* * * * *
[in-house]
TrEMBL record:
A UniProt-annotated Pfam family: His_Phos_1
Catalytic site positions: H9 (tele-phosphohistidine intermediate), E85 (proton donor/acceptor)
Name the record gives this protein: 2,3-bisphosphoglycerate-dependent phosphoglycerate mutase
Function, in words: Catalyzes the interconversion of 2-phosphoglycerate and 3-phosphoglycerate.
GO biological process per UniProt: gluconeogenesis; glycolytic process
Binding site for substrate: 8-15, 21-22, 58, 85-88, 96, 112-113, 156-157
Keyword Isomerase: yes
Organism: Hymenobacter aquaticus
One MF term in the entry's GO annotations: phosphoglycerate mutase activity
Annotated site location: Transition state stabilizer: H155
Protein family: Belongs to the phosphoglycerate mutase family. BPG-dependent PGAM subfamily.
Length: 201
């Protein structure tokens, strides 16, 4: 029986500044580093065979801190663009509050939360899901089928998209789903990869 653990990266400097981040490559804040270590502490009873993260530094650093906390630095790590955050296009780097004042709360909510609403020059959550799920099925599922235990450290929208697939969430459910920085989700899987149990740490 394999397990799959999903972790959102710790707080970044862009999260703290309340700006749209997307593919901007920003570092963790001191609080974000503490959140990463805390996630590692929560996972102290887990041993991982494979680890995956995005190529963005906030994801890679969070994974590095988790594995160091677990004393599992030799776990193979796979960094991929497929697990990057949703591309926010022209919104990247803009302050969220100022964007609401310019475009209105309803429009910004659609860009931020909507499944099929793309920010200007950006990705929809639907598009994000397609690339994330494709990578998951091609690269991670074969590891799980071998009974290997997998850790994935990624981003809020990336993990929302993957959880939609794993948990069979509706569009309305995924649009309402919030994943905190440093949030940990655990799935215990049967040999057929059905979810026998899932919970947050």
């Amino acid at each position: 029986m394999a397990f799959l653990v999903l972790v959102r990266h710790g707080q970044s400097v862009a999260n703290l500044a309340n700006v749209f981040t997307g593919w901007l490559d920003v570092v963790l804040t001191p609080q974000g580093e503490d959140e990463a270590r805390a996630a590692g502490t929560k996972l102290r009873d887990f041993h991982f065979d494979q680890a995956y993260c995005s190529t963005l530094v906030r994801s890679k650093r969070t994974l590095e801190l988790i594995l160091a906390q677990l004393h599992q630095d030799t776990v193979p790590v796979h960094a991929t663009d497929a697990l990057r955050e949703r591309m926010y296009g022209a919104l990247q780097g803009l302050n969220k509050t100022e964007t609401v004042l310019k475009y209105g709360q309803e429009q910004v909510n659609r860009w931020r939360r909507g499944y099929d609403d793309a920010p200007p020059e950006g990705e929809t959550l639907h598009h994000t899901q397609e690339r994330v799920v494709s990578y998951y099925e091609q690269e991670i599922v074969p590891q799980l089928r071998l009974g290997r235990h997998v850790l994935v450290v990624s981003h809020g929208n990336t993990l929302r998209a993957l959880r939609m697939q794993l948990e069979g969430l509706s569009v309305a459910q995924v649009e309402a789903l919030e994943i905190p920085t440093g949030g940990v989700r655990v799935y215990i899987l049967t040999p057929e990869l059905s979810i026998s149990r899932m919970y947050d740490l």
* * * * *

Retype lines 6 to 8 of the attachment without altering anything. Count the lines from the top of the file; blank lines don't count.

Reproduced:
Function, in words: Catalyzes the interconversion of 2-phosphoglycerate and 3-phosphoglycerate.
GO biological process per UniProt: gluconeogenesis; glycolytic process
Binding site for substrate: 8-15, 21-22, 58, 85-88, 96, 112-113, 156-157